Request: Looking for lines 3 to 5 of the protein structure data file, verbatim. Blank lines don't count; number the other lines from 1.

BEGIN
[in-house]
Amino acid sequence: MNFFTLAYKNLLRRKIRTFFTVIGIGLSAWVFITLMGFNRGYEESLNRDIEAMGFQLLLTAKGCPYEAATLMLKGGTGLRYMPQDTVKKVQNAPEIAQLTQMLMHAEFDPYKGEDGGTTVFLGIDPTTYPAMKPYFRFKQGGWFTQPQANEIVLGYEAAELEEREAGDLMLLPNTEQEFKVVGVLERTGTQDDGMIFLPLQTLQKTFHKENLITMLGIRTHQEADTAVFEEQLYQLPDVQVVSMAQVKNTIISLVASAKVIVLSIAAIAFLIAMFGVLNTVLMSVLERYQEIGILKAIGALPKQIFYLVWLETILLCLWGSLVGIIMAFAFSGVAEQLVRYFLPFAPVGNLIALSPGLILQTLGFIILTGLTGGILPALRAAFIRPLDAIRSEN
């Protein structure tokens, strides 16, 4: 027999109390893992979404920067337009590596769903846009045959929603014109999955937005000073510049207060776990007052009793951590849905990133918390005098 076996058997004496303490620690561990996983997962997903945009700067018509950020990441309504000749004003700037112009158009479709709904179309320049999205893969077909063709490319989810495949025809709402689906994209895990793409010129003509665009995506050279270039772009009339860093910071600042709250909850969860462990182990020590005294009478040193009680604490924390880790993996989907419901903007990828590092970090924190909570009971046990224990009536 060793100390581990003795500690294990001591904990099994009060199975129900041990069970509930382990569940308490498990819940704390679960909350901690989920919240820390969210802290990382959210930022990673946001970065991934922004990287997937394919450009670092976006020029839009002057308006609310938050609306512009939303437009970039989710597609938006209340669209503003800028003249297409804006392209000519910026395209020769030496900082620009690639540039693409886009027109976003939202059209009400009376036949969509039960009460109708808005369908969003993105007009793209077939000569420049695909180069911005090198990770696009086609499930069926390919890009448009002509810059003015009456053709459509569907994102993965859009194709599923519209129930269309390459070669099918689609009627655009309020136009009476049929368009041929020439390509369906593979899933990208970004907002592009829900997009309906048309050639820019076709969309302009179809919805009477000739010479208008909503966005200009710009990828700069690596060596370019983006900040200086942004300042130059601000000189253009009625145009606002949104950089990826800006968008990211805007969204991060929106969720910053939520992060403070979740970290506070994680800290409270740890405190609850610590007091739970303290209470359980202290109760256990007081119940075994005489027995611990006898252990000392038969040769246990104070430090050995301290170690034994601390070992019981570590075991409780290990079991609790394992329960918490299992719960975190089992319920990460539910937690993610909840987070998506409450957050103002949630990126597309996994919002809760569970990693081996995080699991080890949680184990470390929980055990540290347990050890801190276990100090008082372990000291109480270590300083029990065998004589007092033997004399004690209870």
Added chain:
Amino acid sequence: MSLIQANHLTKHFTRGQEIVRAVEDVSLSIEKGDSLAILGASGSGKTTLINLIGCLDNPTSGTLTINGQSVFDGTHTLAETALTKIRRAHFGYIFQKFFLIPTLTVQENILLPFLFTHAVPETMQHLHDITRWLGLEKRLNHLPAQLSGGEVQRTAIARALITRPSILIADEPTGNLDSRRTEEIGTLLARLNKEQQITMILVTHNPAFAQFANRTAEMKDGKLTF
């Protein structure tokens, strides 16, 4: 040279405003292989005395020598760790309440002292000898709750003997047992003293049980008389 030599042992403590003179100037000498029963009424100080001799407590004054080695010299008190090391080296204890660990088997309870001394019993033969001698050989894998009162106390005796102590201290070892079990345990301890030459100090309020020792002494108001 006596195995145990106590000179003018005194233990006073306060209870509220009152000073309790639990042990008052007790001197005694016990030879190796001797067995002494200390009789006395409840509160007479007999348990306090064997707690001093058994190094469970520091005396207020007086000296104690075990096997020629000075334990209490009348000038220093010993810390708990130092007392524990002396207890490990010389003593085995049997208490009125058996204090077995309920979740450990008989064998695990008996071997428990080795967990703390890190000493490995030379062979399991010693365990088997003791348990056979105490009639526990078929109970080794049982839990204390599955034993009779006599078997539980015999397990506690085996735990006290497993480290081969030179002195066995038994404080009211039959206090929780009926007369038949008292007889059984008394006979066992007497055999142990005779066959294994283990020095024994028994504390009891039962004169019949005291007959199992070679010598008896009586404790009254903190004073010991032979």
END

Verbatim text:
């Protein structure tokens, strides 16, 4: 027999109390893992979404920067337009590596769903846009045959929603014109999955937005000073510049207060776990007052009793951590849905990133918390005098 076996058997004496303490620690561990996983997962997903945009700067018509950020990441309504000749004003700037112009158009479709709904179309320049999205893969077909063709490319989810495949025809709402689906994209895990793409010129003509665009995506050279270039772009009339860093910071600042709250909850969860462990182990020590005294009478040193009680604490924390880790993996989907419901903007990828590092970090924190909570009971046990224990009536 060793100390581990003795500690294990001591904990099994009060199975129900041990069970509930382990569940308490498990819940704390679960909350901690989920919240820390969210802290990382959210930022990673946001970065991934922004990287997937394919450009670092976006020029839009002057308006609310938050609306512009939303437009970039989710597609938006209340669209503003800028003249297409804006392209000519910026395209020769030496900082620009690639540039693409886009027109976003939202059209009400009376036949969509039960009460109708808005369908969003993105007009793209077939000569420049695909180069911005090198990770696009086609499930069926390919890009448009002509810059003015009456053709459509569907994102993965859009194709599923519209129930269309390459070669099918689609009627655009309020136009009476049929368009041929020439390509369906593979899933990208970004907002592009829900997009309906048309050639820019076709969309302009179809919805009477000739010479208008909503966005200009710009990828700069690596060596370019983006900040200086942004300042130059601000000189253009009625145009606002949104950089990826800006968008990211805007969204991060929106969720910053939520992060403070979740970290506070994680800290409270740890405190609850610590007091739970303290209470359980202290109760256990007081119940075994005489027995611990006898252990000392038969040769246990104070430090050995301290170690034994601390070992019981570590075991409780290990079991609790394992329960918490299992719960975190089992319920990460539910937690993610909840987070998506409450957050103002949630990126597309996994919002809760569970990693081996995080699991080890949680184990470390929980055990540290347990050890801190276990100090008082372990000291109480270590300083029990065998004589007092033997004399004690209870």
Added chain:
Amino acid sequence: MSLIQANHLTKHFTRGQEIVRAVEDVSLSIEKGDSLAILGASGSGKTTLINLIGCLDNPTSGTLTINGQSVFDGTHTLAETALTKIRRAHFGYIFQKFFLIPTLTVQENILLPFLFTHAVPETMQHLHDITRWLGLEKRLNHLPAQLSGGEVQRTAIARALITRPSILIADEPTGNLDSRRTEEIGTLLARLNKEQQITMILVTHNPAFAQFANRTAEMKDGKLTF